Dispelling the Top 3 Myths Surrounding Removal From the OFAC SDN List
Myth #1: It Is Not Possible to be Removed of the OFAC SDN List
Wrong. I hear this from other lawyers and from potential clients who have spoken to other lawyers all the time. This is absolutely not true. For example, in the past year alone, our firm has removed three individuals and one company from the OFAC SDN List. Three of those clients were designated pursuant to the Foreign Narcotics Kingpin Designation Act ("Kingpin Act") and one of them was designated under the Liberia Sanctions program. So it is very possible to do and a simple look at OFAC's Recent Actions Page on their website will prove that to be true.
That said, OFAC removals often times do require a request for reconsideration to be filed through the appropriate channels. Those reconsiderations should address the basis of the designation from a perspective of either a case of mistaken designation or a change in circumstances warranting a removal.
Myth #2: It Only Takes a Few Months to be Removed From the OFAC SDN List
On the other end of the spectrum from Myth #1 is the notion that an SDN removal is possible and will occur very quickly. I have had discussions with prospective clients in the past where they were told by other lawyers that it only takes a couple of months to be removed. This stood in stark contrast to my projected 2-3 year time range estimate for removal.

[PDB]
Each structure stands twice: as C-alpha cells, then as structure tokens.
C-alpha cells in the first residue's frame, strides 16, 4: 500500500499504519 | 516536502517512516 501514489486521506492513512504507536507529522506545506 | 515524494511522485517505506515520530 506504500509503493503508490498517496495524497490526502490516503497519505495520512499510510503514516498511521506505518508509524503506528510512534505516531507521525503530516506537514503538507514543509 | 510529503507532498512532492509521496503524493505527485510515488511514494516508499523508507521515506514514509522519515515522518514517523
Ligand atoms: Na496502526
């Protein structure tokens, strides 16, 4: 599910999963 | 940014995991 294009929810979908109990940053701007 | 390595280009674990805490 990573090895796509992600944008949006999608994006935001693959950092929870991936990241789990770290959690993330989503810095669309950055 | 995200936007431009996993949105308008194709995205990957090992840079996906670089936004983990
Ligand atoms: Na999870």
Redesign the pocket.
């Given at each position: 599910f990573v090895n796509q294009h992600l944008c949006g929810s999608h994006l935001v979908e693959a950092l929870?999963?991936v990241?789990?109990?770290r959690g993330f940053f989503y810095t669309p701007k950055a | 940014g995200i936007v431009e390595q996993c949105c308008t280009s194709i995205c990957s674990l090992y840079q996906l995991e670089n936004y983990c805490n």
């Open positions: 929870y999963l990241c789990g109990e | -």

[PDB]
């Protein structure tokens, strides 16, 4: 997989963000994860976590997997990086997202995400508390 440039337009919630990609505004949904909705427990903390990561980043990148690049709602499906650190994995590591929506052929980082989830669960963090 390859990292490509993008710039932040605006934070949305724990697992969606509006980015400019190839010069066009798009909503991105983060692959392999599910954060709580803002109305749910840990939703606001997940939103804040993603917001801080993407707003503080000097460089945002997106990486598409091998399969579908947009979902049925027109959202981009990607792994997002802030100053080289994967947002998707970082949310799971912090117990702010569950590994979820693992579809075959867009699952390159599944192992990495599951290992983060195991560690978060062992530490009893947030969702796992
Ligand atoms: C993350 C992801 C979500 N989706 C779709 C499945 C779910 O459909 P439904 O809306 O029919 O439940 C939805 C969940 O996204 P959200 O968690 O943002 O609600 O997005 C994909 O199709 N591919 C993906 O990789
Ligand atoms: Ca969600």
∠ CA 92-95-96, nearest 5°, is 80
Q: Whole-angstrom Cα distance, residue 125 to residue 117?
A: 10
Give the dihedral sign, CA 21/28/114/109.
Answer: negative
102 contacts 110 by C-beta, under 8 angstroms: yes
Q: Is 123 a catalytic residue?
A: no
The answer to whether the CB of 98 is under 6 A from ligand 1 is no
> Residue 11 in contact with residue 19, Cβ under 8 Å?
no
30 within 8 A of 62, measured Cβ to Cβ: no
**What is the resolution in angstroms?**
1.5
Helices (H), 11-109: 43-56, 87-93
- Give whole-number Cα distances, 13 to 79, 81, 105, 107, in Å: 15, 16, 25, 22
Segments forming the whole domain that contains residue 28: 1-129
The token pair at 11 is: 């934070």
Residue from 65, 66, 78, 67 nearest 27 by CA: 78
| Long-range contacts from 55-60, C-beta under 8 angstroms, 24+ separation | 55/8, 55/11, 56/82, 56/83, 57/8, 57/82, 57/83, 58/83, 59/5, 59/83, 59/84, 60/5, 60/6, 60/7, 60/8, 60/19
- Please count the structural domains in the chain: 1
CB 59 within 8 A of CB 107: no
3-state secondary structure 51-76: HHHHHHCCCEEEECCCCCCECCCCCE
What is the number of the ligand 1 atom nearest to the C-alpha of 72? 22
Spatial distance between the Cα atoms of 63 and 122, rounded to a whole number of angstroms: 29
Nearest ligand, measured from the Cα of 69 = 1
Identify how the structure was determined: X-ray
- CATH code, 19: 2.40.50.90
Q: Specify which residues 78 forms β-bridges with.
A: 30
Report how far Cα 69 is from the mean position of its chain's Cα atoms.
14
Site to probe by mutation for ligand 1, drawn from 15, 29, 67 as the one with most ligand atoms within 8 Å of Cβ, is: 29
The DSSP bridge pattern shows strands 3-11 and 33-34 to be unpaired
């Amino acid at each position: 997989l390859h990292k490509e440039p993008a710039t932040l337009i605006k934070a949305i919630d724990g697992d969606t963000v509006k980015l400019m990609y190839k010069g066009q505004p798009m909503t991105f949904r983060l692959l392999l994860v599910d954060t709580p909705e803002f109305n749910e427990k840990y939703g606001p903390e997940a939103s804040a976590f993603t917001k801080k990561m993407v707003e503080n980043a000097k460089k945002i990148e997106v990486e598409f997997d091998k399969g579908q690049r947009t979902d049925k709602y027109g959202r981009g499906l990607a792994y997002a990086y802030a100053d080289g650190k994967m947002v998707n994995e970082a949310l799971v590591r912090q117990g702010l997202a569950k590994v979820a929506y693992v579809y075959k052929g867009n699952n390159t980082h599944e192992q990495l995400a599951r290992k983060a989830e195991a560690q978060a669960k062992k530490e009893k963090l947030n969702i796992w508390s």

The Center for Economic Sanctions and Reform (CESAR) is currently working on a project to track and analyze the number of removals and the duration of SDN designations. While the project is still in the works the numbers concerning proliferators of weapons of mass destruction designations under Executive Order 13382 are available, and those numbers are telling. For example, the average length of a designation of a party who has been removed from the SDN List for an EO 13382 designation is 874 days, or approximately 2 years and 3 months.
Myth #3: Once OFAC Makes a Decision That's It.
Again, not true. Once OFAC renders a decision on an SDN reconsideration request, it does not necessarily mean that's the end of the road. There are two alternatives. Alternative #1 involves the submission of a new administrative reconsideration request, which claims a change in circumstances or provides newly acquired evidence in support of reconsideration.
Alternative #2 is a lawsuit against OFAC in U.S. District Court in Washington, DC under the Administrative Procedure Act (APA). That alternative requires a showing to the court that OFAC's decision on the reconsideration request was arbitrary and capricious, a fairly high standard to meet, but nonetheless an alternative forum in which to protest an OFAC SDN designation.
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